Mike Chorney is president of a residential integration firm in British Columbia, a business named La Scala that’s been around for decades. Chorney — like a lot of his counterparts — is more about awe than accessories: He’s more interested in providing a user experience informed by technology than the technology itself. His quest for that immersive, seamless interaction between human and home, between body and building, sees him bemoaning one aspect of the connected house:
“I was in a board meeting with some developers and I asked a simple question: ‘How many people actually used a key to open the door of their car this morning?’ I got one hand in the room. Then I posed the next question: ‘Why are we building these condominiums in downtown Vancouver at a thousand dollars a square foot and then handing them a key to open up their door?’ Technology that we’re accustomed to day-to-day, in our car and through our mobile devices — why aren’t we actually using that in our own homes?”
We have good news for Mr. Chorney. The front door has caught up to the rest of the smart building.
A Paradigm Shift or Two
Some of us are old enough (ahem) to remember when the shift from key to key fob occurred in the automotive industry. The wow factor that “keyless” entry and remote-start brought to the key was big. But a button on a small plastic box is still fundamentally “dumb;” it’s programmed to connect to the vehicle, not the user. Simply put, anyone who holds the remote can get into the car.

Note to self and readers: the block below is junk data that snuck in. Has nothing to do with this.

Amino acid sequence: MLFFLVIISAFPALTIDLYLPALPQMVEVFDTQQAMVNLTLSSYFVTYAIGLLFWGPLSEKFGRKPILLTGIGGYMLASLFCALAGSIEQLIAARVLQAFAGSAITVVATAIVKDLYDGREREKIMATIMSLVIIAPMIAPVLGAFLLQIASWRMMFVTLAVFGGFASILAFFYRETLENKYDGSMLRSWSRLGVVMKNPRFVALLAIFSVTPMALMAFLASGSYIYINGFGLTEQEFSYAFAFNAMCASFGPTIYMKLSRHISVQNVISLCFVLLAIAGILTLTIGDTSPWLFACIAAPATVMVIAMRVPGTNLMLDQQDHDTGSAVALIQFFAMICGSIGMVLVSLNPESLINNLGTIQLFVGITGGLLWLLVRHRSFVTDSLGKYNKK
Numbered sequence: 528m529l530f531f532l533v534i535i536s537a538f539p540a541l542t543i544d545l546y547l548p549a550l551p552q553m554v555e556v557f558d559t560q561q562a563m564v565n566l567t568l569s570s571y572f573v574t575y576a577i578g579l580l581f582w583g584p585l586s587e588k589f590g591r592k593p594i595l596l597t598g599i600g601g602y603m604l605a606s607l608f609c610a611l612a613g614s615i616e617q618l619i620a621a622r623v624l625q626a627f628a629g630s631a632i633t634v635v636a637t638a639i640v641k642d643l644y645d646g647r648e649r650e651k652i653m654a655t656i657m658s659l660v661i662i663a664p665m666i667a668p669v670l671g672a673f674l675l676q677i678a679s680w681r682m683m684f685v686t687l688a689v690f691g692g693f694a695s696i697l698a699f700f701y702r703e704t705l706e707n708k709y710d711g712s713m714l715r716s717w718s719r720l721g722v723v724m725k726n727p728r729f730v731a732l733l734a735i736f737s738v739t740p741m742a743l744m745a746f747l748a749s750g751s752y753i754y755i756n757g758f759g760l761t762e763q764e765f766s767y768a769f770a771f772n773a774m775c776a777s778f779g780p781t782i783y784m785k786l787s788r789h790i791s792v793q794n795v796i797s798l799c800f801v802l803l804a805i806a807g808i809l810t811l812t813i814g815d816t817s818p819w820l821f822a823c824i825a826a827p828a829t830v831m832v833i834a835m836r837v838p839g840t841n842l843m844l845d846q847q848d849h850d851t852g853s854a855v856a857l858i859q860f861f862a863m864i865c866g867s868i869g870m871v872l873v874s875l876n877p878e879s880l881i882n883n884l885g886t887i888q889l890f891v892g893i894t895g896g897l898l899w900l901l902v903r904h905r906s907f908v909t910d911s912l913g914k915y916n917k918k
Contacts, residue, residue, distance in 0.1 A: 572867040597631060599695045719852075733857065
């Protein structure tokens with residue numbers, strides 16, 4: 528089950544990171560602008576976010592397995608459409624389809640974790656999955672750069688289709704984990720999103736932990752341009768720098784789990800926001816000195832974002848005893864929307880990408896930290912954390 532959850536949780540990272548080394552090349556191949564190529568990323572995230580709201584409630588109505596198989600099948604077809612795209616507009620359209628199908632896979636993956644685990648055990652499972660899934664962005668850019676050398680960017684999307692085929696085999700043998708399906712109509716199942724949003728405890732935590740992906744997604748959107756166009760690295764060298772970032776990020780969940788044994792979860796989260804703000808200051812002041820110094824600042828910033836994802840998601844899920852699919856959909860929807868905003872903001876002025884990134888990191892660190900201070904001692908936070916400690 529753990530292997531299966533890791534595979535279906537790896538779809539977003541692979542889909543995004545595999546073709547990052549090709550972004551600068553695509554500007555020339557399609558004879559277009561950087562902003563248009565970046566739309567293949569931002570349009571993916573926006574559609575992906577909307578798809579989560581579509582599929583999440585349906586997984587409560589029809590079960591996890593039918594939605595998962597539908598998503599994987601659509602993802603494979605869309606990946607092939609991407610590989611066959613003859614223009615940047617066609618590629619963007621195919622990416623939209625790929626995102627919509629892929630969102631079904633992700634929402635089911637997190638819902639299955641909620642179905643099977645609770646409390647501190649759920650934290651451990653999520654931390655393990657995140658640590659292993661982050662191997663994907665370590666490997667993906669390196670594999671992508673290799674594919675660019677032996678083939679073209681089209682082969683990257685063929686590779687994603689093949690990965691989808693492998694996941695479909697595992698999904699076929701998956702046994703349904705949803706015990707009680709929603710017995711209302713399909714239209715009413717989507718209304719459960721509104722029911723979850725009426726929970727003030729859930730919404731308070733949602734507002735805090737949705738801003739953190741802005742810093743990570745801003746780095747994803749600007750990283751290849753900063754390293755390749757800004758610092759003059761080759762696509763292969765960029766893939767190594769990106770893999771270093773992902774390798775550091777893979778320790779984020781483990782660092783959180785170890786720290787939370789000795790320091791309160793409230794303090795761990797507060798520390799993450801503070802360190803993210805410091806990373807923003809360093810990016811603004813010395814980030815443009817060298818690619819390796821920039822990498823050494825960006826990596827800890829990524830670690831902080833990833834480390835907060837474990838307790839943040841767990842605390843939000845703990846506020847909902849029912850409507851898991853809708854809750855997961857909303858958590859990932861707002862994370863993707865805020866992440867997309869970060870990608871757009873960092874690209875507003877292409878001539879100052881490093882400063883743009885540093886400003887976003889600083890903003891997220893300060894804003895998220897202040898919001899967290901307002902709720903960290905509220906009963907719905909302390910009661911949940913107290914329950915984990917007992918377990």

The modern connected lock, however, is a device designed to recognize the user first, the door second. And along with that change in thinking comes a notion that changes the very concept of what a lock on a door really does.
Mike Buckingham, director of the recently minted “pro” division at August Home, San Francisco, sums it up: “We really flip the script on what access control has usually meant. What that means is that traditionally locks have prevented access to the home for criminals, or those that we want to keep out.”
But a connected lock is less about who one wants to keep out, and more about who you’d like to walk through that door. “August has a platform in which we could provide access for friends, family, and even goods and services — and provide that access in a secure manner,” Buckingham explains.
Garrett Lovejoy, senior product manager for IoT at Yale, Berlin, Conn., agrees. “A smart lock is a great example of ‘access control’ for the home — and access control is not about keeping the wrong people out; it’s really about making it easy for the right people to get in.”